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Custer's Crow scouts told him it was the largest native village they had ever seen. When the scouts began changing back into their native dress right before the battle, Custer released them from his command. While the village was enormous in size, Custer still thought there were far fewer warriors to defend the village. Finally, Custer may have assumed when he encountered the Native Americans, his subordinate Benteen, and with the pack train, would provide support.

Rifle volleys were a standard way of telling supporting units to come to another unit's aid. Custer had initially wanted to take a day to scout the village before attacking; however, when men went back looking for supplies accidentally dropped by the pack train, they discovered that their track had already been discovered by Indians.

Reports from his scouts also revealed fresh pony tracks from ridges overlooking his formation. It became apparent that the warriors in the village were either aware of or would soon be aware of his approach. Custer's field strategy was designed to engage noncombatants at the encampments on the Little Bighorn so as to capture women, children, and the elderly or disabled [44] : to serve as hostages to convince the warriors to surrender and comply with federal orders to relocate. Custer's battalions were poised to "ride into the camp and secure noncombatant hostages" [45] and "forc[e] the warriors to surrender".

Connell observed that if Custer could occupy the village before widespread resistance developed, the Sioux and Cheyenne warriors "would be obliged to surrender, because if they started to fight, they would be endangering their families. Indians contemplating a battle, either offensive or defensive, are always anxious to have their women and children removed from all danger For this reason I decided to locate our [military] camp as close as convenient to [Chief Black Kettle's Cheyenne] village, knowing that the close proximity of their women and children, and their necessary exposure in case of conflict, would operate as a powerful argument in favor of peace, when the question of peace or war came to be discussed.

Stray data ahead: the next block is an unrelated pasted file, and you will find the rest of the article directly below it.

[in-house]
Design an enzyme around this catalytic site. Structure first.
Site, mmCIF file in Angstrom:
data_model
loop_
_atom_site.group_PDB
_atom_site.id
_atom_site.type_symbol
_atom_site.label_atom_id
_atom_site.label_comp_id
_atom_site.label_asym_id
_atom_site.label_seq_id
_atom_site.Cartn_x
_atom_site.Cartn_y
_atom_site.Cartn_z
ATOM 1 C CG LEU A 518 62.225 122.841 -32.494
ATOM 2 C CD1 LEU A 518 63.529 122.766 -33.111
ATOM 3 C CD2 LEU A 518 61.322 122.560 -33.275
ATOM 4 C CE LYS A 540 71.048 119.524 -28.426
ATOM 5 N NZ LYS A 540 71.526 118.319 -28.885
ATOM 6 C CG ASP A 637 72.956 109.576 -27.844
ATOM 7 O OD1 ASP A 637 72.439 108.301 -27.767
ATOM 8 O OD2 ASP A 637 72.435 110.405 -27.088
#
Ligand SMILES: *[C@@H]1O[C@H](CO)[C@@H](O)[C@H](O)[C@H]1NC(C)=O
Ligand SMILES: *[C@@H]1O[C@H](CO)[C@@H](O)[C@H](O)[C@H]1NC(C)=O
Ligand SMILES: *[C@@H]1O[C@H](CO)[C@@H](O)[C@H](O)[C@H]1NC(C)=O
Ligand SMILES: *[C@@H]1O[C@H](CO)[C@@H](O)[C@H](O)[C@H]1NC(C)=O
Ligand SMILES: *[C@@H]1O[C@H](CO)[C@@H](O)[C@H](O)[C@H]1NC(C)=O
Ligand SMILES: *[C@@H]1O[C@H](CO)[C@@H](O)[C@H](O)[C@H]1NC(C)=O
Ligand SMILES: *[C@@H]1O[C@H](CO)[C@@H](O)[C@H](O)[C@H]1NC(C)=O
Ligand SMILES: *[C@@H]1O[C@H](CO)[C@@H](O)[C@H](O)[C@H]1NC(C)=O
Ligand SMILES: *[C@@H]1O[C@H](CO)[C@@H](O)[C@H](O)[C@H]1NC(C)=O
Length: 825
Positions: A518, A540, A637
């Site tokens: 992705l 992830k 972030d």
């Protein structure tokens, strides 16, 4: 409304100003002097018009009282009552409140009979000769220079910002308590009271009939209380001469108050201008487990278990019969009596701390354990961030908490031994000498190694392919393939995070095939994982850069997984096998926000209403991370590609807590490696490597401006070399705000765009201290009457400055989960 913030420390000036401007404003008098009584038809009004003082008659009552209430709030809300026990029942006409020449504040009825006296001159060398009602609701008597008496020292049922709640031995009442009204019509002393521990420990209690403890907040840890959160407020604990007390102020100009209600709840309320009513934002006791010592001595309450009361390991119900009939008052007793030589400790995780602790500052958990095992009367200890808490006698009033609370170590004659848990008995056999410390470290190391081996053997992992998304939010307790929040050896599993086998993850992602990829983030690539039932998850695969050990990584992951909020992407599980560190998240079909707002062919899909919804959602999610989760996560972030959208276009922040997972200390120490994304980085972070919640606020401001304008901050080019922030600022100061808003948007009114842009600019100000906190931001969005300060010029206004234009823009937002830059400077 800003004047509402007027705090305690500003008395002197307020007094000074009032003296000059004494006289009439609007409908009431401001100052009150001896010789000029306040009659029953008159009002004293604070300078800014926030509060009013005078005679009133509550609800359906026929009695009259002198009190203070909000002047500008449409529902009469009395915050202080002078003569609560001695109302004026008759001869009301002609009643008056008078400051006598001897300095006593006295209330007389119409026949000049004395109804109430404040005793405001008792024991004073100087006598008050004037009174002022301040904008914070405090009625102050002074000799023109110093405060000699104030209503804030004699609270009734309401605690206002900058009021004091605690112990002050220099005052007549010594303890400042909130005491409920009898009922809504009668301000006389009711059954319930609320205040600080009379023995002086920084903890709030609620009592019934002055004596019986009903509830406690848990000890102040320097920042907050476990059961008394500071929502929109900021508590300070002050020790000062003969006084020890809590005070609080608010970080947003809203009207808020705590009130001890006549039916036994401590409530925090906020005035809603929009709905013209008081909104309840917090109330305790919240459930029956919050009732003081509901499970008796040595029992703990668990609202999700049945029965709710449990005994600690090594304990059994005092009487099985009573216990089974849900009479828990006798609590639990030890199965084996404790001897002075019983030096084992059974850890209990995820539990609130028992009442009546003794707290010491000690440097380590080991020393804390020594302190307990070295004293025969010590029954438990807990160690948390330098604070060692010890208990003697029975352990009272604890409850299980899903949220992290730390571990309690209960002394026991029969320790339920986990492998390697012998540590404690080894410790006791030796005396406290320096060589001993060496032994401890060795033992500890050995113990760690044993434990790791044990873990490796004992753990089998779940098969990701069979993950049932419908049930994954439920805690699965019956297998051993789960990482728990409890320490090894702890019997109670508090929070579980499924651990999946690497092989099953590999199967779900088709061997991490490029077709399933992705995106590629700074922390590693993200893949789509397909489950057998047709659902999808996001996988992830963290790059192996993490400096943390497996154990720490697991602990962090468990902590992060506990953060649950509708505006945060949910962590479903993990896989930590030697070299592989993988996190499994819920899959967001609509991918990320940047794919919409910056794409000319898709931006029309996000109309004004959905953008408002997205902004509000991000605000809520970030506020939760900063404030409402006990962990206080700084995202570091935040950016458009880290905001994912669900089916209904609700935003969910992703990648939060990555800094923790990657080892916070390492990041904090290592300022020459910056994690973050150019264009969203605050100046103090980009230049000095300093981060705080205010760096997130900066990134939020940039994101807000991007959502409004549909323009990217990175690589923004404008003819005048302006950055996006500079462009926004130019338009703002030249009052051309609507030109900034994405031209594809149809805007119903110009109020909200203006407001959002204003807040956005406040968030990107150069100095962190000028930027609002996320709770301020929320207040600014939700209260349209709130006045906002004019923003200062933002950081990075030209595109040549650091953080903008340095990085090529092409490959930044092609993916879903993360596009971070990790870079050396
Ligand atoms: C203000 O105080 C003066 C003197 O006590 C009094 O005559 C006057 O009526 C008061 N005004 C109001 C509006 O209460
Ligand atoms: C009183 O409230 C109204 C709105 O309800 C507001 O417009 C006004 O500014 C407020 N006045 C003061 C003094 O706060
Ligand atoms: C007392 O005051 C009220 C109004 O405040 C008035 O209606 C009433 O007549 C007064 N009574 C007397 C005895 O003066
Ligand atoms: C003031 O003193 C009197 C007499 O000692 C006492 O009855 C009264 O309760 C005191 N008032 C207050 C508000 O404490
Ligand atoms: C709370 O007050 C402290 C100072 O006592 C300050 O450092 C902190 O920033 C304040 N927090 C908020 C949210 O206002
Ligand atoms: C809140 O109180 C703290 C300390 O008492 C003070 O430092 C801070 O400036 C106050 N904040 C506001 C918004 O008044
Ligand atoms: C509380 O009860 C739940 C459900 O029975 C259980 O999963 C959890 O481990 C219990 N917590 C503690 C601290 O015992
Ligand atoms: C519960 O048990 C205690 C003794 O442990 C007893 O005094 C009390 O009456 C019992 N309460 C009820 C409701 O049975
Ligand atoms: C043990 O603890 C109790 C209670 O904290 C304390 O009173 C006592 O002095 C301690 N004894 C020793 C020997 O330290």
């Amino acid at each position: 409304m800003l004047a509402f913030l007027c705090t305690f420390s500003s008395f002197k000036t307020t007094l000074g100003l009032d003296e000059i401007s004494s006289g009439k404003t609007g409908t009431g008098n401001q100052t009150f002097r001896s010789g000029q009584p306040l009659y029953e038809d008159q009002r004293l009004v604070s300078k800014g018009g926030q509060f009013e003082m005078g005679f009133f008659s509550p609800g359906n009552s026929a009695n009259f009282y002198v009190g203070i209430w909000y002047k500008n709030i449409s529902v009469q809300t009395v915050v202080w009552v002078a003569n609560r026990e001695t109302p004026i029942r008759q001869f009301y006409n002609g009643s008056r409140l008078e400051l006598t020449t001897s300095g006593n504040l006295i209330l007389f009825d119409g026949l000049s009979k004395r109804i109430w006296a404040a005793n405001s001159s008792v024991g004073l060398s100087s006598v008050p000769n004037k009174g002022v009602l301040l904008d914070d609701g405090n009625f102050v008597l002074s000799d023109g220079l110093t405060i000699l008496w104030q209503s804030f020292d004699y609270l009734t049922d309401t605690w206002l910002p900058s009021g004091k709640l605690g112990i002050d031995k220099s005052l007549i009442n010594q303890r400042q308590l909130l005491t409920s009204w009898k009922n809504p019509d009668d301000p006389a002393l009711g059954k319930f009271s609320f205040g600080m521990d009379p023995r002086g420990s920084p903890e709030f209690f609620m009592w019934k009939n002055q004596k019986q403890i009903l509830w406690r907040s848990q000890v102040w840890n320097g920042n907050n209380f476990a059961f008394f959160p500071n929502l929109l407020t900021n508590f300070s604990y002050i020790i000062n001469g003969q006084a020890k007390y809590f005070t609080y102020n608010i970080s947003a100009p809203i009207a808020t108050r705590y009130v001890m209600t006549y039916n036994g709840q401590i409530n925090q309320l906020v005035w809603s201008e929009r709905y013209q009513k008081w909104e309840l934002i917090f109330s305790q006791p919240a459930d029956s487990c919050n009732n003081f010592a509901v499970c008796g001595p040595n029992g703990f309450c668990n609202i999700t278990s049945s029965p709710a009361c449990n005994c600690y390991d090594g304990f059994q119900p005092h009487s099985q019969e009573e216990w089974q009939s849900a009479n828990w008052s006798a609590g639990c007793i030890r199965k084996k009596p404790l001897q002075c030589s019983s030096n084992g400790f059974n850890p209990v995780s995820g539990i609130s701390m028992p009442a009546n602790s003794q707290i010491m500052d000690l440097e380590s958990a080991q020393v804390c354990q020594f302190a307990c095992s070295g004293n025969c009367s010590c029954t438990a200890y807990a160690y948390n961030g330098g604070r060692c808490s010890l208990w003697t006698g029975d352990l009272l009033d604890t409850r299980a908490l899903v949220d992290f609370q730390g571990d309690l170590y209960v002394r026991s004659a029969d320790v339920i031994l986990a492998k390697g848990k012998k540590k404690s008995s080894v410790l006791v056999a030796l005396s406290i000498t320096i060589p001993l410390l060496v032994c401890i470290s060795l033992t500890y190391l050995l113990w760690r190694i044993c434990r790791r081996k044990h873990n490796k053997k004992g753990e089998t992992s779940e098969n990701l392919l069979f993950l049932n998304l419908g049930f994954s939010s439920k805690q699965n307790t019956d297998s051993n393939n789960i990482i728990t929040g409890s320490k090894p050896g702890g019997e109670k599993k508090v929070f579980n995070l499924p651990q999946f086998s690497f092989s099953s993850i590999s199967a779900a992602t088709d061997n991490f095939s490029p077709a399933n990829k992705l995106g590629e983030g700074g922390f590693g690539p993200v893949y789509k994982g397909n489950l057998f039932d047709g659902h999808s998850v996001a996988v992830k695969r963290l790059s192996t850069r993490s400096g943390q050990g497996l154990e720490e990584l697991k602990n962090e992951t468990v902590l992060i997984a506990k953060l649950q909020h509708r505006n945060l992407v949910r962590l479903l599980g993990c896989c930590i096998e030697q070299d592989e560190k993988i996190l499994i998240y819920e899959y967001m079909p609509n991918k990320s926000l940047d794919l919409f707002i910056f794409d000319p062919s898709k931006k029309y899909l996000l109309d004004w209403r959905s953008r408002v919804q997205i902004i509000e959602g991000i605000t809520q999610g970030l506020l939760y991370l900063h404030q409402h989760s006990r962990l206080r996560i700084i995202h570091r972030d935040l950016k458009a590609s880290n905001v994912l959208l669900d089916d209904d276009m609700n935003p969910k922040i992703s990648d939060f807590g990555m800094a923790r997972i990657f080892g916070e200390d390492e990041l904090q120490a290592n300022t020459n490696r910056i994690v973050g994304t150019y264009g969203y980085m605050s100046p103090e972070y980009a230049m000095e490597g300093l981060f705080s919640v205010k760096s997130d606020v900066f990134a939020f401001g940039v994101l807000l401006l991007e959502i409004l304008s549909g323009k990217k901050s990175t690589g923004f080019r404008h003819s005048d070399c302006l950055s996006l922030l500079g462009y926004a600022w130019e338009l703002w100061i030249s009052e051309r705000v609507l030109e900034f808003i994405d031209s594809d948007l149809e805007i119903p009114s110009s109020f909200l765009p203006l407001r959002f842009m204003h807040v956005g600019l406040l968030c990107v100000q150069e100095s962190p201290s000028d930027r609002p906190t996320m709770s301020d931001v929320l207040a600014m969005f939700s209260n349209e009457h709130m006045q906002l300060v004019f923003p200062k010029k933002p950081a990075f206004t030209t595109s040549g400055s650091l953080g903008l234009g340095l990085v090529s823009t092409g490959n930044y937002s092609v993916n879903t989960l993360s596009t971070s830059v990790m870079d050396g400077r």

On Custer's decision to advance up the bluffs and descend on the village from the east, Lt.

Edward Godfrey of Company K surmised:. He must have counted upon Reno's success, and fully expected the "scatteration" of the non-combatants with the pony herds. The probable attack upon the families and capture of the herds were in that event counted upon to strike consternation in the hearts of the warriors, and were elements for success upon which General Custer fully counted.

The Sioux and Cheyenne fighters were acutely aware of the danger posed by the military engagement of noncombatants and that "even a semblance of an attack on the women and children" would draw the warriors back to the village, according to historian John S. Yates' E and F Companies at the mouth of Medicine Tail Coulee Minneconjou Ford caused hundreds of warriors to disengage from the Reno valley fight and return to deal with the threat to the village. Some authors and historians, based on archaeological evidence and reviews of native testimony, speculate that Custer attempted to cross the river at a point further north they refer to as Ford D.